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Pastry Chef Chantal Serves Nuggets Of Delicious Wisdom


The challenge for every new entrepreneur is getting their startup out there and moving. 31 year old Chantal Ochola Mutaahi believes that with a great idea, the right mindset and a strong support system, any woman can make her entrepreneurial dreams come true.  The journalist turned pastry chef shared her inspirational entrepreneurial journey with .

The making of Chantal


Chantal was born and raised in Kampala although she has lived in Gulu and Fort Portal.  The trained journalist gave up the literally career for the delicious career of baking and is the proprietor of Crème de la crème, a  café and training center in Kyaliwajjala, Namugongo .

Baking was never my strongest passion however, I was always  a cooking/food enthusiast. I stumbled onto baking while  studying for my master’s degree in England.  I had a classmate who always brought the most amazing Indian and Danish pastries to class. I loved eating them and took interest in them. She gave me some recipes which I tried out successfully, then became an addict of the baking shows on the Food Network and the rest as they say is history.


In the beginning I only concentrated on cupcakes and muffins as a side business in London and when I came to Kampala, I realized that the cupcakes  were still a novelty so I stuck to them.  To broaden my income, I ventured into savory pastries like samosas, meat, cheese, chicken and veggie pies. Now I cater to snack parties and also supply dessert platters, chocolate fountains, edible favors and other specialties to functions.

Breaking into the business was so easy for me thanks to Ugandan curiosity. Everyone wanted to taste my cupcakes and orders for office dos and birthday cakes poured in. Customers who ordered the cupcakes usually ordered larger cakes for birthdays and anniversaries.

The Industry


The baking industry in Uganda is thriving. Even with as many bakeries as there are,  there is still enough demand  because as we say at the bakery, it’s someone’s birthday every day and it’s someone’s wedding, every weekend. So we do our best to put ourselves out there and take a piece of the pie.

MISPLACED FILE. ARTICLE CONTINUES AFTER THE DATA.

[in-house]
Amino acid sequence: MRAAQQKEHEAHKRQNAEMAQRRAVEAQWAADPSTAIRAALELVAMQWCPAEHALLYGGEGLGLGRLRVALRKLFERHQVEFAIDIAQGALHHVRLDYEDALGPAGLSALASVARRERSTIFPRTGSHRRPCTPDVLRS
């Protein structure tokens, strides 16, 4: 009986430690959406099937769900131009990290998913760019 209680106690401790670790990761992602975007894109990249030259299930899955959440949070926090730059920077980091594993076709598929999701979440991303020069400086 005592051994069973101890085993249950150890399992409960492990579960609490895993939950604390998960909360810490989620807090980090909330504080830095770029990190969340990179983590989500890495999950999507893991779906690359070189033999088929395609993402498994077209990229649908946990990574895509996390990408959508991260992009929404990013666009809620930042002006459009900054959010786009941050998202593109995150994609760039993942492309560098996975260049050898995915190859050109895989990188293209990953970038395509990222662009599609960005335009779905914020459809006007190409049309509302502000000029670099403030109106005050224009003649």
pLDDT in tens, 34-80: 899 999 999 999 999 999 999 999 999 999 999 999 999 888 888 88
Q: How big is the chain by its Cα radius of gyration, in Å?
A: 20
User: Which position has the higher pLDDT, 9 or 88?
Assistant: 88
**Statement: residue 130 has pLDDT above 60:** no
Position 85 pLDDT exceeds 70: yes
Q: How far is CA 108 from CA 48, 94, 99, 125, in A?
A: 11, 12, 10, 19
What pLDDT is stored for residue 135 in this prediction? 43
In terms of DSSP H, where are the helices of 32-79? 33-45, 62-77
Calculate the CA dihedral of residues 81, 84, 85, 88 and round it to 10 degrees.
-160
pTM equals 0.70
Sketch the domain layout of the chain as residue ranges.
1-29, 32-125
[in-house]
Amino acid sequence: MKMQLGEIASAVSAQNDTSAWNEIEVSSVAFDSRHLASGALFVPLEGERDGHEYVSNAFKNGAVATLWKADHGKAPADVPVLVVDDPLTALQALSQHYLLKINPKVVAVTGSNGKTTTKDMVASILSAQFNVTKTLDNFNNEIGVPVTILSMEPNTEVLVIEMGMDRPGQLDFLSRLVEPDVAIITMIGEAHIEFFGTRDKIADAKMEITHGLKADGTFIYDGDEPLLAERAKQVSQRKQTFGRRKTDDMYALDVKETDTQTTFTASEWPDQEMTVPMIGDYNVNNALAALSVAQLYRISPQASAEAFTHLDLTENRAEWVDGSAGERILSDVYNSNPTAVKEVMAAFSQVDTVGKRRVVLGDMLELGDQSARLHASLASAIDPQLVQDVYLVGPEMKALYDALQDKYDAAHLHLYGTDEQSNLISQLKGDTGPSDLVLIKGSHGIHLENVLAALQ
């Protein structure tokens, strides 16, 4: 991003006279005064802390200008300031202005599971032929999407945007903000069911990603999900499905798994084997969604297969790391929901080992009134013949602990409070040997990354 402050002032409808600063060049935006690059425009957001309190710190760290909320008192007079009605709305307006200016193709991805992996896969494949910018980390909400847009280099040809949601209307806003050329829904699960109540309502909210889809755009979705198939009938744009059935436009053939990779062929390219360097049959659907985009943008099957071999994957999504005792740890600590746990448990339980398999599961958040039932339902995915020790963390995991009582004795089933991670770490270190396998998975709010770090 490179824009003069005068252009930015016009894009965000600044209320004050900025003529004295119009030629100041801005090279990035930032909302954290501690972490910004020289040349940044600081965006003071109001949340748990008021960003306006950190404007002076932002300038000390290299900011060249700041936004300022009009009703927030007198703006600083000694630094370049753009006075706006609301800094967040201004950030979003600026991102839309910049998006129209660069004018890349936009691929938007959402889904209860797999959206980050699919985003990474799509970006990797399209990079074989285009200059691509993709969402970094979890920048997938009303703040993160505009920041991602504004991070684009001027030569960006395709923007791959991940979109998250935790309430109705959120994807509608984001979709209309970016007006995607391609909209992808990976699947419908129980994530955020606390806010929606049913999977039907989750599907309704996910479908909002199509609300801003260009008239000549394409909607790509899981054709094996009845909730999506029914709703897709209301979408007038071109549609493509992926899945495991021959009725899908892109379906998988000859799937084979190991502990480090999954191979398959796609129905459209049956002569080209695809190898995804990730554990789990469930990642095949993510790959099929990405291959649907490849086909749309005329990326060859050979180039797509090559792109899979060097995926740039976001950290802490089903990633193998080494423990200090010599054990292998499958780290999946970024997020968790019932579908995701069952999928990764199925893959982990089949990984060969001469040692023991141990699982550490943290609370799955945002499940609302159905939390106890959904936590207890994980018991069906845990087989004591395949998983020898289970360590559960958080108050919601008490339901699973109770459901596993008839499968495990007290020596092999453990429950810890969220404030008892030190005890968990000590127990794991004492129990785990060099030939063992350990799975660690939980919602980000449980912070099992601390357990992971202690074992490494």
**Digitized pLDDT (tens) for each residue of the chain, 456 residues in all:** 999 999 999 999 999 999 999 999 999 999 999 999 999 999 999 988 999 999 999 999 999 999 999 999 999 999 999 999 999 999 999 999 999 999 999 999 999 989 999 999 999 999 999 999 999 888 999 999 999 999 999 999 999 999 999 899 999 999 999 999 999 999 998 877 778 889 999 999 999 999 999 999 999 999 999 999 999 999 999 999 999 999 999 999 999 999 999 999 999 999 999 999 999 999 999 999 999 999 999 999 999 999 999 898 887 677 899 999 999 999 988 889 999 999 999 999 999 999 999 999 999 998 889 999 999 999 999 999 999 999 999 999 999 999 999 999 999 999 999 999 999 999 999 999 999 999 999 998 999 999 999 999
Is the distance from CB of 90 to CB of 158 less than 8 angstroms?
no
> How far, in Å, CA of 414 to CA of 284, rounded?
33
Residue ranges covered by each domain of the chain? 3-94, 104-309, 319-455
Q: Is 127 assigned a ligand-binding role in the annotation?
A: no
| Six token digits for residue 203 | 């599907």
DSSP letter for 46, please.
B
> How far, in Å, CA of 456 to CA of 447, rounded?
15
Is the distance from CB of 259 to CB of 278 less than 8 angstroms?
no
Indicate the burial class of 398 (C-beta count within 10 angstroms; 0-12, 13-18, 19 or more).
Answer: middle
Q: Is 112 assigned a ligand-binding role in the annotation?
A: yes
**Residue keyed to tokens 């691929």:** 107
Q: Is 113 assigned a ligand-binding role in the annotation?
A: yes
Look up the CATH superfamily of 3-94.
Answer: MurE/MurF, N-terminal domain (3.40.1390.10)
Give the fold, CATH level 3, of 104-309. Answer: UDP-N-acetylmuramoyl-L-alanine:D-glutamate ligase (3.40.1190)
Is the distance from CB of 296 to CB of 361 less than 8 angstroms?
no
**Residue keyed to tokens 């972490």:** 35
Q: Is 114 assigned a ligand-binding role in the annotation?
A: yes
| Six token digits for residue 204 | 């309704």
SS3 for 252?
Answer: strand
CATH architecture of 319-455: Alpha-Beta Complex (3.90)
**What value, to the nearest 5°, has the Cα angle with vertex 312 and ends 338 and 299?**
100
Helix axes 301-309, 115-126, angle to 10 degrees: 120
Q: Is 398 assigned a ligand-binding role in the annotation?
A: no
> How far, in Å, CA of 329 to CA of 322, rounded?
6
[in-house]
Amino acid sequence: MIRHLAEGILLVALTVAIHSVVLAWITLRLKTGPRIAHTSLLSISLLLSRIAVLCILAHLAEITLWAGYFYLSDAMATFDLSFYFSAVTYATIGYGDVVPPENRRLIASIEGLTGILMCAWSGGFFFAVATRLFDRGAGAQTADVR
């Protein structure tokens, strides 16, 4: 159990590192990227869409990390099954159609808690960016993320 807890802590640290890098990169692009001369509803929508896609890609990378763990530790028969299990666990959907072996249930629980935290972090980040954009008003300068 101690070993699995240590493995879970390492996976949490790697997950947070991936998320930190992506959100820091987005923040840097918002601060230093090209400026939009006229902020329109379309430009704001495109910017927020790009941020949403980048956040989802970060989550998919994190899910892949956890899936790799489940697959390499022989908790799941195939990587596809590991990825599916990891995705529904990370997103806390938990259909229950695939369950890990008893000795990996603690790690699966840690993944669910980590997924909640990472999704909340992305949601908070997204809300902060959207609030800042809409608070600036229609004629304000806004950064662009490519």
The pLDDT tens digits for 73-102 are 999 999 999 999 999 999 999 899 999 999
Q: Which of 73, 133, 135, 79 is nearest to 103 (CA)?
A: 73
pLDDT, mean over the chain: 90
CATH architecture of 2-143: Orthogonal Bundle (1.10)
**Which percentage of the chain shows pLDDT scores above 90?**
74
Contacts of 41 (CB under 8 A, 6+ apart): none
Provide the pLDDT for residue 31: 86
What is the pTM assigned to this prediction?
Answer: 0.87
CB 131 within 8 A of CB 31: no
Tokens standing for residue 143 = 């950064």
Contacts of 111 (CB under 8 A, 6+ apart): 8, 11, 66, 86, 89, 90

My biggest challenge so far has been establishing a dependable supply of quality ingredients. Suppliers are very inconsistent and we resort to importing the most basic ingredients like chocolate. Other challenges include learning how to manage a business without any business management training.


Delicious wisdom

The first thing you must master is time management. As a mother, a wife with a new business to run I often found myself floundering and running around in circles chasing time until I sat down and divided up my time and achieved some kind of balance. I determine how much time I dedicate to the business and manage it well; however there comes a time where business time spills into private time especially if I have more than two wedding cakes to bake. These require a great deal of time.


Fortunately, because of my schedule, I get to spend more time with my daughter because I have the rare opportunity to bring her to work with me as much as I want to. The bakery and café are very close to my parents’ home so I keep her there and check on her as many as five times during a baking day. This is also an opportunity for my daughter to spend time with her grandparents who are both retired.


I know for sure that the easiest way to succeed is doing what one loves. This however doesn’t mean that you run the business as a hobby. And when you decide to do something go for it 100% don’t doubt yourself.  Self-doubt and fear have the power to stop us dead in our tracks. They kill visions and dreams faster than anything. Never listen to that inner voice that causes that doubt. Nothing can stop a person who keeps their eyes on their dreams.



By Bradford Kamuntu